YouTube does its bit to help Nonprofits!

Is your nonprofit using YouTube? If not, you should be!

The success of the ALS Ice Bucket challenge highlighted – among many things – the power of social media to help nonprofit fundraising. YouTube gets more than 1 billion unique users each month and, according to Nielsen, YouTube reaches more US adults aged 18-34 than any cable network.

What this means is that YouTube represents a great avenue for nonprofits to spread their message. There’s even a published playbook that the company has put out in order to help nonprofits make the most of the video channel.

And to help make it even easier to turn views into donations they’ve added this handy donate button seen below in a snapshot of The Nature Conservancy’s YouTube page.

Technology is making it easier and easier for nonprofits to connect to the masses and generate small gifts. Of course connections to the masses aren’t enough – but advances in technology have also produced relationship mapping services, such as Prospect Visual, which allow nonprofits to connect with the more niche groups of high capacity, potential major gift donors.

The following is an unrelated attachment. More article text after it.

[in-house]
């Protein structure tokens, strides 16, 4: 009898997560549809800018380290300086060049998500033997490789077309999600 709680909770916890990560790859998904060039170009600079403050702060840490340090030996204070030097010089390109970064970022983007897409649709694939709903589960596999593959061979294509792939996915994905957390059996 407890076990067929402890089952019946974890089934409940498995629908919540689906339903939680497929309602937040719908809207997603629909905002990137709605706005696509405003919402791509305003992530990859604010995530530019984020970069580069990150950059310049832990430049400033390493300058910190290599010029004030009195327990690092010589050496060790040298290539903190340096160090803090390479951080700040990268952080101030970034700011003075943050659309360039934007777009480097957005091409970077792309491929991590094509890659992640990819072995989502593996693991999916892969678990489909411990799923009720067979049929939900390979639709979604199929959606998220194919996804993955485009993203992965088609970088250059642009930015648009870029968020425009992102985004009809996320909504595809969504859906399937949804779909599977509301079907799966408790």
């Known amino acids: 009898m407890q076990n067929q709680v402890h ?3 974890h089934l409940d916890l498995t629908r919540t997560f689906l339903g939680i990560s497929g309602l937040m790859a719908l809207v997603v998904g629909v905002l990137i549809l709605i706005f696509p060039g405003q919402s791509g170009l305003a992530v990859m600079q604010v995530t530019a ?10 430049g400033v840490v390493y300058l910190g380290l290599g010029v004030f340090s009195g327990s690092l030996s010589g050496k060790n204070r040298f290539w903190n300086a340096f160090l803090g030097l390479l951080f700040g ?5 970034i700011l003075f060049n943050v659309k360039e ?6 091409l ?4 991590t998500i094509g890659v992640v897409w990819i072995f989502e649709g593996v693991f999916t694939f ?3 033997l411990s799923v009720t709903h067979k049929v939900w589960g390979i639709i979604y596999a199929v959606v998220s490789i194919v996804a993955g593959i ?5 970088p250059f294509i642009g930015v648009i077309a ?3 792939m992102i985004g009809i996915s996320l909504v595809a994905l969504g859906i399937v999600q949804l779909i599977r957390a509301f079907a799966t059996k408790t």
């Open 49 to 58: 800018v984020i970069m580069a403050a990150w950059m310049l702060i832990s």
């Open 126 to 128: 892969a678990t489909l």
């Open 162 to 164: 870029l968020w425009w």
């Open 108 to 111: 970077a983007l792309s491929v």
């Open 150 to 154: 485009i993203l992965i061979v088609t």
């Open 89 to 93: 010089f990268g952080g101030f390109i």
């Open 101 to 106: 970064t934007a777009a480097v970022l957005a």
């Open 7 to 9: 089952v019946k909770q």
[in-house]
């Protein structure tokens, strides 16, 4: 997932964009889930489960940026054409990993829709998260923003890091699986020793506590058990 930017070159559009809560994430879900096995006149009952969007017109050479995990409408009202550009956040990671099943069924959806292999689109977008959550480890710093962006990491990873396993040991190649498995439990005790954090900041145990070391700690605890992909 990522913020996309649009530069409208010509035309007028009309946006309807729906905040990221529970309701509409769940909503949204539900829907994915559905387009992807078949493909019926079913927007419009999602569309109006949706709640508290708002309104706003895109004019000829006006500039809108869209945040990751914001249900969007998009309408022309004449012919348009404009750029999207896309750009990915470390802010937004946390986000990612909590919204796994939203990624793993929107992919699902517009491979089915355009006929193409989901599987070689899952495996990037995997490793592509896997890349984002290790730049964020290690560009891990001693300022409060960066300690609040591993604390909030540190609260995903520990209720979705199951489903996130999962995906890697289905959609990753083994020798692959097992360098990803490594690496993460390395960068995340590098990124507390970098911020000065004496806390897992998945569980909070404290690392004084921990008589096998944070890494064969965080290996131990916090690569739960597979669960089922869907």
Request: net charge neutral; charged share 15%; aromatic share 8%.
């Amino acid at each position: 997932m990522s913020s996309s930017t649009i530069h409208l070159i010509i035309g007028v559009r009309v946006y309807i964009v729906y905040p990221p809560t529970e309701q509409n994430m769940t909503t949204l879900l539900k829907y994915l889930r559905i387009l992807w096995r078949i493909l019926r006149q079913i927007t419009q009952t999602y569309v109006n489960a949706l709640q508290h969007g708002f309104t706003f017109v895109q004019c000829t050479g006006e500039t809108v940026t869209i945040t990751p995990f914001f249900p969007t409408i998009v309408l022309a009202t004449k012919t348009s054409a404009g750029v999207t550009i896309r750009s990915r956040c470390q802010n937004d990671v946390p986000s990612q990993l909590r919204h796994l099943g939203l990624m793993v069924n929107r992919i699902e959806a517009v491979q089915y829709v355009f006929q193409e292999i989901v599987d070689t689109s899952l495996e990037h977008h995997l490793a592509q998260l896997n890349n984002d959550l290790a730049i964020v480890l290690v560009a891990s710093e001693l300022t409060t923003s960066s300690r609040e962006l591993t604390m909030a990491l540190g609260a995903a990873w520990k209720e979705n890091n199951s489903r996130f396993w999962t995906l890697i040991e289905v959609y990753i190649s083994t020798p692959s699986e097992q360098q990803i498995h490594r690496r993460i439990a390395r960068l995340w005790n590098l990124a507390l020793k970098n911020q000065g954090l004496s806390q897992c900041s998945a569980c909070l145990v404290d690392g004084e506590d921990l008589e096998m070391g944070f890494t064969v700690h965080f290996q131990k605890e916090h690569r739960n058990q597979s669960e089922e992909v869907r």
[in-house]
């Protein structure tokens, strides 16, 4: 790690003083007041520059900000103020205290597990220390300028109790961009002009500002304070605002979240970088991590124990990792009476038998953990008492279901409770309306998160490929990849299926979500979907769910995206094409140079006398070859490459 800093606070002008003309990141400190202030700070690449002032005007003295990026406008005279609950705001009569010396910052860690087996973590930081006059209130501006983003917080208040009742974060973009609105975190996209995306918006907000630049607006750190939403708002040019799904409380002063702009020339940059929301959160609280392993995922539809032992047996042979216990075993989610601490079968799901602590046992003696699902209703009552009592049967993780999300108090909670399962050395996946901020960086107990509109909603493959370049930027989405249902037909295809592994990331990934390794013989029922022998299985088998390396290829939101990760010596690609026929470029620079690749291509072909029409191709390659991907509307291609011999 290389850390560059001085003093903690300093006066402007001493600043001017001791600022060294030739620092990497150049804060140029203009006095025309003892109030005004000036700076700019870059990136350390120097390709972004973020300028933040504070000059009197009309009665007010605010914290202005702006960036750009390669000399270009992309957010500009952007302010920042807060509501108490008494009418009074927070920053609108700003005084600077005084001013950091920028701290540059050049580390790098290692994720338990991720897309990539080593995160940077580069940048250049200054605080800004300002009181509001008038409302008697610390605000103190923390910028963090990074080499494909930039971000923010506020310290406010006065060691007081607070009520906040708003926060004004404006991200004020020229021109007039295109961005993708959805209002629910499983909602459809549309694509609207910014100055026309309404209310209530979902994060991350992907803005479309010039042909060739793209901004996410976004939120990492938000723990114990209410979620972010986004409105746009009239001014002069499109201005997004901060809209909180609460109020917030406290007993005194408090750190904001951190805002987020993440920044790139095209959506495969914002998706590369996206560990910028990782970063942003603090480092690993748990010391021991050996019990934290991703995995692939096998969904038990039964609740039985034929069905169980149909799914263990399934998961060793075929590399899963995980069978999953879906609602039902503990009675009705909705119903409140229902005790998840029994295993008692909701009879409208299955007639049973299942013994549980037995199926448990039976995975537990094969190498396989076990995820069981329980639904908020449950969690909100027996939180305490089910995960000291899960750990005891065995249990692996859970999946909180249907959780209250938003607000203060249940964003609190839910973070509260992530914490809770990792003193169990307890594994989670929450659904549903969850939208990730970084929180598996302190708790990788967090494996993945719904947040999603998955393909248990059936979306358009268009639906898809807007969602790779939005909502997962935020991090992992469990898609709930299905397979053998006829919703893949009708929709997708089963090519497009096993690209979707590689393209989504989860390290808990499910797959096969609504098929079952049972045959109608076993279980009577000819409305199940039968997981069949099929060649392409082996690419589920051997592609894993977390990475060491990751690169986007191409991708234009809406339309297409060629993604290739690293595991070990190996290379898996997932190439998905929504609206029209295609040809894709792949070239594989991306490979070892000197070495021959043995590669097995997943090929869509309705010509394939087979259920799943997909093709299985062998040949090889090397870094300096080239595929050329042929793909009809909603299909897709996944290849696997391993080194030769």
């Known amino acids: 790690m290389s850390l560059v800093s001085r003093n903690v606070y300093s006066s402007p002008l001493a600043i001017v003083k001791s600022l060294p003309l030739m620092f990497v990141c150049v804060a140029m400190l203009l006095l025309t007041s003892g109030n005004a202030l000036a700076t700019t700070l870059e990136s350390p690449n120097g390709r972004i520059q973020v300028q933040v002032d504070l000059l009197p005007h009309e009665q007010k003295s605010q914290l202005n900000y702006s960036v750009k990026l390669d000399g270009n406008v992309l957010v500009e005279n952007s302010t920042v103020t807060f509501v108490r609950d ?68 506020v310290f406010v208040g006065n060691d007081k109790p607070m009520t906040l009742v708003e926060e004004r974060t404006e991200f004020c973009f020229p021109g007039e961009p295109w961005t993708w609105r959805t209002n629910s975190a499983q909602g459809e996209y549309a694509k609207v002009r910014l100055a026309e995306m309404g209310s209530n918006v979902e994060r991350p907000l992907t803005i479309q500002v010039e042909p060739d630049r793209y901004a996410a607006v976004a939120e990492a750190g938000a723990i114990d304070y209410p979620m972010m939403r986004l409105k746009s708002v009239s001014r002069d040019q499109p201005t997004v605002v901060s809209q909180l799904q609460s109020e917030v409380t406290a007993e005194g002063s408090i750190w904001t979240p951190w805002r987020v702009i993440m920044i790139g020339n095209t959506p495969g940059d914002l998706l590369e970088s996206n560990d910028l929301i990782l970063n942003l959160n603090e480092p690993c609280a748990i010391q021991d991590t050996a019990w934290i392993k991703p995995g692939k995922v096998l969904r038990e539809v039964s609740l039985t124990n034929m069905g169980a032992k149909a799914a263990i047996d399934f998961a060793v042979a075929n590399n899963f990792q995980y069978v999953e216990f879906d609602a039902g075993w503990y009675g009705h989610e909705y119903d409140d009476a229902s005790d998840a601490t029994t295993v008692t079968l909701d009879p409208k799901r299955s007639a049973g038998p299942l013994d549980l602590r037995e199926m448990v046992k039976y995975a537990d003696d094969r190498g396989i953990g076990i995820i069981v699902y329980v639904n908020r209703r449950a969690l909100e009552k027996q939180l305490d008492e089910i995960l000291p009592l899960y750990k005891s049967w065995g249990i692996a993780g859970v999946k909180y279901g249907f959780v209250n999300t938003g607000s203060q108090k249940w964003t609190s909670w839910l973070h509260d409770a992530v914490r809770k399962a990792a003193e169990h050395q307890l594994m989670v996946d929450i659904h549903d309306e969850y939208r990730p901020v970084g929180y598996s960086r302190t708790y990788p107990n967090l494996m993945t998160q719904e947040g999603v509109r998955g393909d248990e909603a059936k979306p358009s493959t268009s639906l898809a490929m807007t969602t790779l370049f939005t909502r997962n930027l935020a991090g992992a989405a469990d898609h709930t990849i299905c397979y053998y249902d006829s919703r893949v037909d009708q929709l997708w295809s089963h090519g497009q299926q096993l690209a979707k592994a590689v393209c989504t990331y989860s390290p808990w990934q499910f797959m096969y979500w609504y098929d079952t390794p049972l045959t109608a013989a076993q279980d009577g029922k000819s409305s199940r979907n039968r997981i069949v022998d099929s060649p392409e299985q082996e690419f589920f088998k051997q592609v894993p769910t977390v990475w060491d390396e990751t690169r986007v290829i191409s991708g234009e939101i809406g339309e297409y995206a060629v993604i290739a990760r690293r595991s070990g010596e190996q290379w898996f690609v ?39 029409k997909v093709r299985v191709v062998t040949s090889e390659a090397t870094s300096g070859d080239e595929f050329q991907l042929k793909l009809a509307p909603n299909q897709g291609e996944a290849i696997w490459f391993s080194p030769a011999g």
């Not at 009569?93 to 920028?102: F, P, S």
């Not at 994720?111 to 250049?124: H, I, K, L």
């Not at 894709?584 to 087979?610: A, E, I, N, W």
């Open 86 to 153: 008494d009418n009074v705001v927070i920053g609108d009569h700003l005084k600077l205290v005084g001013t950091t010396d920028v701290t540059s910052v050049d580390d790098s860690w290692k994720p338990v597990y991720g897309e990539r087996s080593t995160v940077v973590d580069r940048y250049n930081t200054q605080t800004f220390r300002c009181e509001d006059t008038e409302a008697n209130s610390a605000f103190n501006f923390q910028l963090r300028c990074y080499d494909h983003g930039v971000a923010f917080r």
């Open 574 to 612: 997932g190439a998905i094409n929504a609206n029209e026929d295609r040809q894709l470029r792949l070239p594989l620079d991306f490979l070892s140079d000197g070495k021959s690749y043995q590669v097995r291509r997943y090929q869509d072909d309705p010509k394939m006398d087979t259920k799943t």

Nature Conservancy

$4.26m to Taylor University shows the power of alumni

While perusing through the news reports today we came across this interesting item about a donation to Taylor University in eastern Indiana. The gift – a generous $4.26 million – came not from a single donor but from a group of alumni celebrating their 50-year reunion.

The university explained that the group had been planning to make this gift as a result of alumnus Ron Scott’s challenge to his classmates from 1964 to make a memorable gift to their former school to celebrate their reunion. Though Scott passed away last year, his peers took up his challenge and came through with their generous gift.

We think this is a heartwarming story that proves that the connection between graduates and their alma mater is very strong and – given the right set of circumstances – can be a powerful aid to any institution’s fundraising.